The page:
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I've laminated tens of thousands of cards for games. It works fine, the biggest problem is fitting the decks back into the box not playing with them. I've also laminated player aids, again fine and the same caveat although to a reduced extent.

Doing this probably kills the resale value of the game but for games I'm never going to sell who really cares. On the other hand, lamination really brings out the colour and totally protects against food and drink spills -- when you have small children around, these happen all too often.


- Pauli
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DeePee wrote:
Boogalou wrote:
I was going to laminate my Arkham Horror Ancient Ones,


Why on earth would you laminate these?]


I see that you my friend have never experienced the horror of a spilled pint of Guinness across your gaming table.

Thanks everyone for the great info, really REALLY appreciate it
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If you are worried about re-selling, just get colour-copies of the stuff you want to laminate and laminate the copies instead (i'm thinking of doing this for the player cards in High Frontier).
 
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paulidale wrote:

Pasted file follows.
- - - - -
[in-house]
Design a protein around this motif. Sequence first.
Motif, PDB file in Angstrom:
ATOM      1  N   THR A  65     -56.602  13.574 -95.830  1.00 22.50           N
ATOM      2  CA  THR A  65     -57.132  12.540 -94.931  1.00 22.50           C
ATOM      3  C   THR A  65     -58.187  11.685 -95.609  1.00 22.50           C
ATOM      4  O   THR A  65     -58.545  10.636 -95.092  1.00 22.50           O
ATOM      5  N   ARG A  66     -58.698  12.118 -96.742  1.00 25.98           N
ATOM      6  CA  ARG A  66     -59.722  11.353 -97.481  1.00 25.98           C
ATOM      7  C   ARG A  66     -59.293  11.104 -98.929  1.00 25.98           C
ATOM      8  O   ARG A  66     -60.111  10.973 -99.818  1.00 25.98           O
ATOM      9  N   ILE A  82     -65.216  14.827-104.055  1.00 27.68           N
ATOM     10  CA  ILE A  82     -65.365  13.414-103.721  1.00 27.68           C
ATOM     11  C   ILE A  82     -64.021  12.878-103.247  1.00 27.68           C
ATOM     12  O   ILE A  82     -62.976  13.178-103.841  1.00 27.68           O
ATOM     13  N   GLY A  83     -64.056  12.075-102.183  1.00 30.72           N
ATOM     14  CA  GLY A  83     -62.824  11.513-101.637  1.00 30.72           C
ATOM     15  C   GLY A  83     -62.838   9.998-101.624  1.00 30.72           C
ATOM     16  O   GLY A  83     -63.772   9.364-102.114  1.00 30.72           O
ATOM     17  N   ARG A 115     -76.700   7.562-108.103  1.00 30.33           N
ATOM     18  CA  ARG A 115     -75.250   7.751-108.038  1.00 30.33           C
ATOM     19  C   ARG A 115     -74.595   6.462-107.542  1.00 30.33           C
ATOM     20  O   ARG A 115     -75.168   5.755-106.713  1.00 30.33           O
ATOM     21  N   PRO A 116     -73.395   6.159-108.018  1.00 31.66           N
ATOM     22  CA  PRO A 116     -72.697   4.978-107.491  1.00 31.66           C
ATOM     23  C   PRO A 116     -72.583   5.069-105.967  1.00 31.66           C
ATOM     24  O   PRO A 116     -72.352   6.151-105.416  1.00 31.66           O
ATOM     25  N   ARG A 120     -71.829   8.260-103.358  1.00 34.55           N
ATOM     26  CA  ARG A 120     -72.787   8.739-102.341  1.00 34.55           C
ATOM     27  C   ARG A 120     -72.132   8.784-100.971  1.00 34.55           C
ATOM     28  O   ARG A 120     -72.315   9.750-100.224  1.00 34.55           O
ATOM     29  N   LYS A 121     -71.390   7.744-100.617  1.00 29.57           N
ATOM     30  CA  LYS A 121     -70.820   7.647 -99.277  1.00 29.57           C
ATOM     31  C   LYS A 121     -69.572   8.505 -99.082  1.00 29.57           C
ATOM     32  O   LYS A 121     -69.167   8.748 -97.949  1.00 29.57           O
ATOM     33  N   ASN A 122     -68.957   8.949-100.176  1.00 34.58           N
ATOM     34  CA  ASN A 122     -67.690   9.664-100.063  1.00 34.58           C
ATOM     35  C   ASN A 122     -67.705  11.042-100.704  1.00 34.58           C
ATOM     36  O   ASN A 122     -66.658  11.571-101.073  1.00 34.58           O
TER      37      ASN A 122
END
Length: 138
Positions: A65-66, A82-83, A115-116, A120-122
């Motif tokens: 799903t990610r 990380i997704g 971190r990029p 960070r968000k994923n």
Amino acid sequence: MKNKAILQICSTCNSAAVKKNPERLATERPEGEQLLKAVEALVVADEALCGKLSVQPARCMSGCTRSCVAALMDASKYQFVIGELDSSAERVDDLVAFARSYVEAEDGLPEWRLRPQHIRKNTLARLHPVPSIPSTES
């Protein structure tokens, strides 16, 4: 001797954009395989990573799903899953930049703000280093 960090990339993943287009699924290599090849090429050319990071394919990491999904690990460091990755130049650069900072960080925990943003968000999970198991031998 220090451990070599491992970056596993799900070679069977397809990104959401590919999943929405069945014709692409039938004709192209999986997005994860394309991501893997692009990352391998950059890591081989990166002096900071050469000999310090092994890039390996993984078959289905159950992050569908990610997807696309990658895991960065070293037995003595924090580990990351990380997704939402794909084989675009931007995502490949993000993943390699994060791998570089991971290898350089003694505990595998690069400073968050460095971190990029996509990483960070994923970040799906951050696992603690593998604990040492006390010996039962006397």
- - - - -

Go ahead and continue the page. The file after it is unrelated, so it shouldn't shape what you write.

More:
I've laminated tens of thousands of cards for games. It works fine, the biggest problem is fitting the decks back into the box not playing with them. I've also laminated player aids, again fine and the same caveat although to a reduced extent.

Doing this probably kills the resale value of the game but for games I'm never going to sell who really cares. On the other hand, lamination really brings out the colour and totally protects against food and drink spills -- when you have small children around, these happen all too often.


- Pauli


Would you mind describing your process? I'm a little curious about it, especially the type of lamination used (hot vs. cold), what type of cutting tool you use, and how you handle the corners. Been considering doing it myself for Dominion, but it's a rather intimidating project.